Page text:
Early Education in the News

The Bay Citizen, San Francisco, CA
July 19, 2010

In a scene that is likely to be repeated in school districts throughout California in coming weeks, teachers and staff at the Helen Turner Children’s Center in Hayward spent last week packing boxes, hugging their colleagues and students goodbye—and collecting their last paychecks. In May, Gov. Arnold Schwarzenegger said he would slash spending on extended-care programs by 40 percent, forcing districts to make deep cuts and working parents—most of whom have very limited options—to scramble for new childcare arrangements.

MetroNews, Charleston, WV
July 19, 2010

More and more West Virginia children will have access to quality pre-kindergarten programs starting next year. Office of School Readiness Assistant Director Clayton Burch says, as of right now, 15 county school systems have pre-K programs the state Department of Education has already approved.

The Billings Gazette, Billings, MT
July 18, 2010

Led by one of Montana's most successful industrialists, a group of nonprofits has launched a drive to bring large private donations to Montana's cash-strapped early childhood educational system — where the average teacher makes less than $17,000 a year.

Herald & Review, Decatur, IL
July 17, 2010

Supporters of early childhood education worry about the impact of cuts Gov. Pat Quinn has announced to education. Though preschool and early learning programs are supposed to receive the same $342 million they did last year, many of them haven't yet been paid for last year and had to dip into reserves to keep going.

Whittier Daily News, Whittier, CA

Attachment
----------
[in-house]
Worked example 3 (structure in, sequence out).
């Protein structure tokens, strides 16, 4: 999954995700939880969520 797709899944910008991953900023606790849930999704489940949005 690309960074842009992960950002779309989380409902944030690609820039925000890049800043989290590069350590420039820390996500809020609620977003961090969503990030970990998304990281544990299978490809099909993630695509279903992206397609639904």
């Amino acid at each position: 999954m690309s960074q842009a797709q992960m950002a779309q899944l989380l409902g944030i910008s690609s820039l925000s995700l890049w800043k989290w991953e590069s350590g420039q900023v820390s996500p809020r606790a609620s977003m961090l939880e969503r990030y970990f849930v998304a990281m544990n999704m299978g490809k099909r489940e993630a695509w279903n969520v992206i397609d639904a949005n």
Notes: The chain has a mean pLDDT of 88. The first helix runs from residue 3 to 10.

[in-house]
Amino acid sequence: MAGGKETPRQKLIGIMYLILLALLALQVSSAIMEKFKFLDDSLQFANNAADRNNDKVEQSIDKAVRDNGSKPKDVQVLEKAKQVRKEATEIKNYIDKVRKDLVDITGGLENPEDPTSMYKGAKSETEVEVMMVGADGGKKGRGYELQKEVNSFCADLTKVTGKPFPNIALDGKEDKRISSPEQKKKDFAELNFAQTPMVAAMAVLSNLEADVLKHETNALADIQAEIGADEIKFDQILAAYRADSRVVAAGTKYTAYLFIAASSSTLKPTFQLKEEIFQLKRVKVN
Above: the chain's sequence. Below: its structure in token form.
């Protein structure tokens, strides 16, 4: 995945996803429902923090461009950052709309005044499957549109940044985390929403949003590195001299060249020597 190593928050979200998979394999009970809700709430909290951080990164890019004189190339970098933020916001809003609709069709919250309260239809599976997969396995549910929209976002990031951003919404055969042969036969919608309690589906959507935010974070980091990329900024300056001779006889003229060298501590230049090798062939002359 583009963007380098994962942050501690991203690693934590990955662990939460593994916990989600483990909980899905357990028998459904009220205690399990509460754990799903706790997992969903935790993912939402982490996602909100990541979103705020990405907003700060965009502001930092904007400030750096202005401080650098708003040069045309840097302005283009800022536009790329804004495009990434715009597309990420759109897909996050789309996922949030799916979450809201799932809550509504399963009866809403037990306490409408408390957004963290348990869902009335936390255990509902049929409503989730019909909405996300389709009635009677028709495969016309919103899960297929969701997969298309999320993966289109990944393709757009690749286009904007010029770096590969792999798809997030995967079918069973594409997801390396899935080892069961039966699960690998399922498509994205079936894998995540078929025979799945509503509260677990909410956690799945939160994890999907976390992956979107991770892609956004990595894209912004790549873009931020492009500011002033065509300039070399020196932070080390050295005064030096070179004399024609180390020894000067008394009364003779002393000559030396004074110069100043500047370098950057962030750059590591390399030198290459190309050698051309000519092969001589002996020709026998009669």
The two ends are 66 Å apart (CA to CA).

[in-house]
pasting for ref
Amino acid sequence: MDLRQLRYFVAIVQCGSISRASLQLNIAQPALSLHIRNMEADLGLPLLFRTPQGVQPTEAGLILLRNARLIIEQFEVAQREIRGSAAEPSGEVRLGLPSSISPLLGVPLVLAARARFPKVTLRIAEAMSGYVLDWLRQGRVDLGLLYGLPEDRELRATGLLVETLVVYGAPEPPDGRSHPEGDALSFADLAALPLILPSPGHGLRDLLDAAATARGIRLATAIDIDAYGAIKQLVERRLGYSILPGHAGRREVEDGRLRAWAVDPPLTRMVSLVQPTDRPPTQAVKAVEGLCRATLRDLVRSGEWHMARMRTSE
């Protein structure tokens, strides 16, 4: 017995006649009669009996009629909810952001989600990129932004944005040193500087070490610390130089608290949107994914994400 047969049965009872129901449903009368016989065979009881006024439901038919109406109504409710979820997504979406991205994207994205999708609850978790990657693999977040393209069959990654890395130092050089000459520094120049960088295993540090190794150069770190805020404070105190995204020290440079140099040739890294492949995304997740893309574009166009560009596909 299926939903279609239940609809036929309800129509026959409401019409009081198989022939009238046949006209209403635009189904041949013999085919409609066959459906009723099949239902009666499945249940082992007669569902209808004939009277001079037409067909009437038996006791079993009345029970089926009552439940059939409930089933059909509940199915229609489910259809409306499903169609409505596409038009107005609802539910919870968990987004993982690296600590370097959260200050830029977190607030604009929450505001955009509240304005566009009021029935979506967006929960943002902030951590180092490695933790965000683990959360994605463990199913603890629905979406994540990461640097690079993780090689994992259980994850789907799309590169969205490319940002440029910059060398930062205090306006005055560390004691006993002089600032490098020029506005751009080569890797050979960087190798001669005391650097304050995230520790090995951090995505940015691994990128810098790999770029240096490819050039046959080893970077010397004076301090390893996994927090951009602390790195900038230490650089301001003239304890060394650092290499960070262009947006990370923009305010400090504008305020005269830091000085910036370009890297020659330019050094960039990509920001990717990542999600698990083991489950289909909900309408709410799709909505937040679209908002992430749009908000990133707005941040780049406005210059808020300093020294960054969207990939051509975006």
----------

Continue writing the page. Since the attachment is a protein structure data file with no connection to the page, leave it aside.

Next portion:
July 17, 2010

Believed to be the first study of its kind in Los Angeles County, the LAUP study followed more than 400 of its preschoolers, assessing their skills in the fall of 2008 in 24 categories of skills and behaviors like self-care, motor skills, self-regulation, social expression and general knowledge.

The Daily News, Memphis, TN
July 16, 2010

Republican Lt. Gov. Phil Bryant says he's appointing a panel of business and education experts to study a privately funded early childhood development program with hopes of establishing a statewide model. Mississippi is the only state in the South and among only a handful nationwide without a state-funded prekindergarten program, according the state Department of Education.

Pacific Business News
July 16, 2010

Planned cuts to a program that helps special-needs children assimilate into early childhood education have been delayed because a state department failed to draft the necessary administrative rules to legally make the changes. The cuts to the state Department of Health's early intervention program, also known as the Part C program, were scheduled to take effect July 1.

Portland Press Herald, Portland, ME
July 14, 2010

The precursor to reading success is exposure to a lot of language and literacy from birth to 5 years of age: at home, in child care, in preschool or Head Start. It is also the best time to intervene when a child has not been exposed to high-quality language and literacy environments.

The Charleston Gazette
July 14, 2010

The West Virginia Board of Education has approved 40 counties' plans for implementing universal prekindergarten programs.

The Atlanta Journal-Constitution
July 14, 2010

Another good year for the Georgia Lottery meant more money for the state's pre-kindergarten and HOPE college scholarship programs, but it isn't enough to keep state officials from worrying about HOPE's future.